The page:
Google’s Launches Calico Seeking to Put an End to Death
Health science project recently announced with focus on aging and other related illnesses
By Imogen Grace, Staff Writer
In case you were starting to believe that Google doesn’t think big enough, the Internet giant has recently announced the launch of a new offshoot company that intends to tackle the problem of death itself.
Calico, which stands for California Life Company, is an embryonic venture launched by Google that will focus on health and well-being, in particular the challenge of aging and associated diseases. It is being headed by Google cofounder Larry Page and biotech pioneer Dr. Arthur Levinson. Like many forward thinkers in Silicon Valley, both men have shown an active interest in the quest for extending human life and the fountain of youth. Page is involved with Singularity University, a think tank philosophizing that humans and technology will one day merge, resulting eventually in immortality. Levinson is the former chief executive at Genetech, a biotechnology company leading the way in innovative scientific research concerning life-threatening illnesses, such as cancer.
Google’s first medical project, Google Health, was permanently discontinued after a lack of public interest. However, the search engine has made considerable strides in other areas of science and health, which include gathering strong data science talent and making strategic investments in health care startups through their venture fund. Also, their new technologized eyeglasses, the Google Glass, is already being acknowledged as a possible tool to be used by primary care physicians and surgeons. Unlike Google Health, Calico will be a separate entity from Google.
A statement was released about the project on Sep 18, but few details have been divulged. What is clear, however, is that while Levinson is currently the only recognized employee, the company intends to hire a team of researchers to unpack the biological mechanisms behind aging, and work on solutions to end or curb their effects. Page acknowledged that investments are in the range of the tens of millions of dollars.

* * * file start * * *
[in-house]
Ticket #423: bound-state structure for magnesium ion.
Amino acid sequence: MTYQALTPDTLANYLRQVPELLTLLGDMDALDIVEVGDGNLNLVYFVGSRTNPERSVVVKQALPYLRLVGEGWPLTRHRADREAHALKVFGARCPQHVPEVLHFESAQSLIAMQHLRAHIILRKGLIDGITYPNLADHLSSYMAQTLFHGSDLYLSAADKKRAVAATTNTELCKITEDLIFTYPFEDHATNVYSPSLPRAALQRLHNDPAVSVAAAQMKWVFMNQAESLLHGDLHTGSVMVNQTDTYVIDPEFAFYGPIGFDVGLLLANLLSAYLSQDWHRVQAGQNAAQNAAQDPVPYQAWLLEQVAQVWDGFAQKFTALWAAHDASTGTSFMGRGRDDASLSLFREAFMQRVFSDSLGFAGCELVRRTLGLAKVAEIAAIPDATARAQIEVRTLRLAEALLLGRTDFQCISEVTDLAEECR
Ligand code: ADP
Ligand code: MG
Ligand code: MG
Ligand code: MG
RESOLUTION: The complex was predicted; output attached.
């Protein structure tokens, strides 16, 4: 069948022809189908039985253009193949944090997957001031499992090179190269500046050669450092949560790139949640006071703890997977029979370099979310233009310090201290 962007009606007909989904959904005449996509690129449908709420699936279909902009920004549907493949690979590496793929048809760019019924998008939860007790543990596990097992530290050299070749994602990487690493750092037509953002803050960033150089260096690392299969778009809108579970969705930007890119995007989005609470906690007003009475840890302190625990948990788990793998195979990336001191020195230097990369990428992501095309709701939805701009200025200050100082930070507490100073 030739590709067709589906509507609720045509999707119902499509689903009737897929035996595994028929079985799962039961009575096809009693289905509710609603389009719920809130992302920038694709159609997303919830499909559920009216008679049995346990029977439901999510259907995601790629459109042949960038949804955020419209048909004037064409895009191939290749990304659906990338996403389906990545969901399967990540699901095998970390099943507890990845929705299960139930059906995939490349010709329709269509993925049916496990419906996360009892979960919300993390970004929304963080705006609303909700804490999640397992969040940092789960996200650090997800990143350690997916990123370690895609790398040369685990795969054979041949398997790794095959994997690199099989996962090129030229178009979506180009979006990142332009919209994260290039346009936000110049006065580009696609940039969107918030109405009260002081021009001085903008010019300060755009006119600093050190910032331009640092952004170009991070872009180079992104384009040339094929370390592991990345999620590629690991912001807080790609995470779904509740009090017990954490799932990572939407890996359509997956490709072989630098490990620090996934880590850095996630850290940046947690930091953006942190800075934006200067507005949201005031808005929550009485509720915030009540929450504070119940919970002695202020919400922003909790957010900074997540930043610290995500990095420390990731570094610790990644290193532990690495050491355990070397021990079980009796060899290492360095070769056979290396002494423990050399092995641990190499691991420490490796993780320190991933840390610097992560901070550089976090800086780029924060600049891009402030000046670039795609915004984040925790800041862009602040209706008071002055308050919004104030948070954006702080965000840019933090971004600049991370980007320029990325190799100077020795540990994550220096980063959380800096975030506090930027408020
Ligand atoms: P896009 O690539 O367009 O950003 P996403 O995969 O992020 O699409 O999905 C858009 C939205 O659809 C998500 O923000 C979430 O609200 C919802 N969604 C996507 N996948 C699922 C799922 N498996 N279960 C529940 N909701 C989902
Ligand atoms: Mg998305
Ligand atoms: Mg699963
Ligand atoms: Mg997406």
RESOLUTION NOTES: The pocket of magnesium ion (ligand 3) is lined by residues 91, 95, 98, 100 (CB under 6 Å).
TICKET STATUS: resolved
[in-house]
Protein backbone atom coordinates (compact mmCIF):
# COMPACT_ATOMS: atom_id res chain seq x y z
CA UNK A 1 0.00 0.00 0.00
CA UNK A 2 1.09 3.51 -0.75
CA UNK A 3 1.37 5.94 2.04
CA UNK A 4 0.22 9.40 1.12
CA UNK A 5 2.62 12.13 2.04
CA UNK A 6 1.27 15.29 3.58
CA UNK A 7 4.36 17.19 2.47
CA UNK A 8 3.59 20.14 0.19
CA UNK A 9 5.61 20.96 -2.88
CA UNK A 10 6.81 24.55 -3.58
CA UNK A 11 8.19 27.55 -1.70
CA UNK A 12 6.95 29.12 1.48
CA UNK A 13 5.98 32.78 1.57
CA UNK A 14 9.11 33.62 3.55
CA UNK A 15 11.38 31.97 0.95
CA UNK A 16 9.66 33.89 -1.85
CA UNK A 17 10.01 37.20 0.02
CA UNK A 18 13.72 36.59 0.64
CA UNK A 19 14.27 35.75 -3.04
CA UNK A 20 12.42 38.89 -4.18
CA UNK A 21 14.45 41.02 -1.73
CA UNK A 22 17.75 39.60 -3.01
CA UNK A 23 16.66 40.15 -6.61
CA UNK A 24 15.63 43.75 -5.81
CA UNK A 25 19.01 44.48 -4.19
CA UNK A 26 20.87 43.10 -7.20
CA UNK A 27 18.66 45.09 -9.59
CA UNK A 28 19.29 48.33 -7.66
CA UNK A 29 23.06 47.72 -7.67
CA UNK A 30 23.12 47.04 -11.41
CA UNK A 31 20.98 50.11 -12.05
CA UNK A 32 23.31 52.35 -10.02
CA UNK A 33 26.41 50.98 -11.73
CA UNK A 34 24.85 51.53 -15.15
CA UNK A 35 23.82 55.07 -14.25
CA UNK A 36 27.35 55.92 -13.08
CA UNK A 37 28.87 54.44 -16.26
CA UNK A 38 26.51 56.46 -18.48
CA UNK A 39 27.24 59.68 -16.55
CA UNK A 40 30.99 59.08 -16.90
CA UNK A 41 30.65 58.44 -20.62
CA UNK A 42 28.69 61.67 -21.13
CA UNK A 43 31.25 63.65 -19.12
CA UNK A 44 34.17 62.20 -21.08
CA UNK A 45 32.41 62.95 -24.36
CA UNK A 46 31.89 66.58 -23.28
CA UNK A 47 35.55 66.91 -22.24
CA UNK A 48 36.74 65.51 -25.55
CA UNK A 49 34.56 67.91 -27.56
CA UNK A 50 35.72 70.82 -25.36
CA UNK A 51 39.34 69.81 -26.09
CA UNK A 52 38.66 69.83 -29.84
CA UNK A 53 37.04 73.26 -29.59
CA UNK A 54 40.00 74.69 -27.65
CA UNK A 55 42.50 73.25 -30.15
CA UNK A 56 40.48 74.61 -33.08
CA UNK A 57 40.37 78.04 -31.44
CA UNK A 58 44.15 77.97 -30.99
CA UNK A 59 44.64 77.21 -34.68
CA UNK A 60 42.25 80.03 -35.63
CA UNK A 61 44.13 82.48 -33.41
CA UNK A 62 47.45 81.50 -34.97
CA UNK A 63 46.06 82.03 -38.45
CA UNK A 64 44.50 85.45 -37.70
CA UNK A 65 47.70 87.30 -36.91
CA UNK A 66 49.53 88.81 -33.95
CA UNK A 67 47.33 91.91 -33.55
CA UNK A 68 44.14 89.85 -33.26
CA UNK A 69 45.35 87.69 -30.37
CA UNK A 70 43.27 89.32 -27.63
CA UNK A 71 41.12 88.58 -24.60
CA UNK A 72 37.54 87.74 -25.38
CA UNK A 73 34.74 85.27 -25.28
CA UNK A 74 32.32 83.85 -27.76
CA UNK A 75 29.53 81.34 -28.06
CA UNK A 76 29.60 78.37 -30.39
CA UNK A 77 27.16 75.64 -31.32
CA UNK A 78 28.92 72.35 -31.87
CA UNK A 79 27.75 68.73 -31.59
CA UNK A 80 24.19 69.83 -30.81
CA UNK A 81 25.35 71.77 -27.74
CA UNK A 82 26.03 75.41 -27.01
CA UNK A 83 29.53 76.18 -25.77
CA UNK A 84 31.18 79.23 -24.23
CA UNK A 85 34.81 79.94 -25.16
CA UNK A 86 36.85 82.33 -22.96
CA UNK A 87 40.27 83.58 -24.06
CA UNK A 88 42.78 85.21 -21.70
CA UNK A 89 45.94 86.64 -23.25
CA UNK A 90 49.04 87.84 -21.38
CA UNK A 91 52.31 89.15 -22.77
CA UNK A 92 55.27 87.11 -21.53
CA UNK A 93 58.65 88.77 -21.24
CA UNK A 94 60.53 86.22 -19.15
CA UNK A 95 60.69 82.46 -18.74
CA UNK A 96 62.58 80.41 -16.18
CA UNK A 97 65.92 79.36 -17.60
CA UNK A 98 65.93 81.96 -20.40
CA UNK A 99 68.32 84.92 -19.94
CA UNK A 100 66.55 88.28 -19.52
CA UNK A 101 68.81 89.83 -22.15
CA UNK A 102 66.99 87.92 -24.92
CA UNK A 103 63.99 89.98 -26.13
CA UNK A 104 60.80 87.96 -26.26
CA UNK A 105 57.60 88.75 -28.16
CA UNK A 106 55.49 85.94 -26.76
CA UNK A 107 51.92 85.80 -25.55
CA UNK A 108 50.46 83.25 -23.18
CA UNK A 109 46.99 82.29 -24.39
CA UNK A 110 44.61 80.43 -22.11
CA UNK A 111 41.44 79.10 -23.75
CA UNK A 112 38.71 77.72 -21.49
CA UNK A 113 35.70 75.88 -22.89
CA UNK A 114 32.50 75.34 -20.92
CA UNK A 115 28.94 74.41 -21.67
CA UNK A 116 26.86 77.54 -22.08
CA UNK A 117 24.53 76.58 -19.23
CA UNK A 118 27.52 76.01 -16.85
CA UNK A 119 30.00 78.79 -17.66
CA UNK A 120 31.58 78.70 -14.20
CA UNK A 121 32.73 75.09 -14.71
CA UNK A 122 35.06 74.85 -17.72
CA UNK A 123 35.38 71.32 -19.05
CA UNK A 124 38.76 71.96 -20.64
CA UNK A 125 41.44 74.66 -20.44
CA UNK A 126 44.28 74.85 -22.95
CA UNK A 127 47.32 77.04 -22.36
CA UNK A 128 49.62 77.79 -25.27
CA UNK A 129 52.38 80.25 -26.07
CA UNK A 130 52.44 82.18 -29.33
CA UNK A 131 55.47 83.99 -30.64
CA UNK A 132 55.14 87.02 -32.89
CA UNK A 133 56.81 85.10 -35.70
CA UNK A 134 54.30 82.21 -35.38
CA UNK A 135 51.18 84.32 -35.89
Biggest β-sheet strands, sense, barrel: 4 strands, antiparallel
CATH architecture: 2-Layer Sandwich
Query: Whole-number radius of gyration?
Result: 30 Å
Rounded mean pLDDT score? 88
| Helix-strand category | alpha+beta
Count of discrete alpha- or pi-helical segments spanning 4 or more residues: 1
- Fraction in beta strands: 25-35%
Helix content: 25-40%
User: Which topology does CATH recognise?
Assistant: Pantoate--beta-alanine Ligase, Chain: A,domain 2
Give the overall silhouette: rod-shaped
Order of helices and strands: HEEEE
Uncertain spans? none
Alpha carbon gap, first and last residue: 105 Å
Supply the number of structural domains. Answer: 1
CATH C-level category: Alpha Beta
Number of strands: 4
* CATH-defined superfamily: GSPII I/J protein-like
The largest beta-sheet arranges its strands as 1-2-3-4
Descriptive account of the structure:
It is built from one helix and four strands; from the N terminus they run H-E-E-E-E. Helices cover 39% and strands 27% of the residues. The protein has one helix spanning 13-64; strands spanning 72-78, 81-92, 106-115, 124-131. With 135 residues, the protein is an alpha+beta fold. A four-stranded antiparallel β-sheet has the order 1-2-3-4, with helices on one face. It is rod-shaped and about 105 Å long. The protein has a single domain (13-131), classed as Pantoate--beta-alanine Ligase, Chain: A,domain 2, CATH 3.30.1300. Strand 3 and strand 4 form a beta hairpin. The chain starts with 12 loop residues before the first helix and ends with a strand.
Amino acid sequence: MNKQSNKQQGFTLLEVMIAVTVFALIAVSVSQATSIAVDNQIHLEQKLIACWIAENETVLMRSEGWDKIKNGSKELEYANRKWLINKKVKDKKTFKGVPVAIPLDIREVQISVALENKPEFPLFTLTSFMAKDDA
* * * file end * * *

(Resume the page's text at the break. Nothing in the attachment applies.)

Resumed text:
Currently, the Food and Drug Administration in the United States does not recognize aging as a disease, so any potential pharmaceuticals designed by Calico in the future would need to be approved for a specific disease. But Levinson stated that if they were to discover a proven anti-drug medicine, the FDA would most likely change its mind.
Other ventures with similar goals have themselves struggled with longevity, such as significantly downsized Sirtris Pharmaceuticals and defunct Elixir Pharmaceuticals. This will not stop Page, who supports what Google has dubbed “10x” thinking, whether it be to stop aging, design a self-driving car, or hook up a computer to a human brain. Nor will it stop Levinson, who claims, “with some longer term, moonshot thinking around healthcare and biotechnology, I believe we can improve millions of lives”.
It’s possible that the founders of Calico are simply starting to feel the signs of aging and are desperately hoping to stop death before it reaches them. On the other hand, as Harvard genetics professor and Sirtris founder David Sinclair believes, “If Google succeeds, this would be their greatest gift to humanity.”
Imogen is a journalist, writer, and filmmaker living in Toronto. Her work explores cross-cultural stories of immigration and gender. She writes copy for a creative design studio and the short film she wrote The Haircut, was a selection in the ReelWorld, Filmi, and Mosaic South Asian film festivals this year.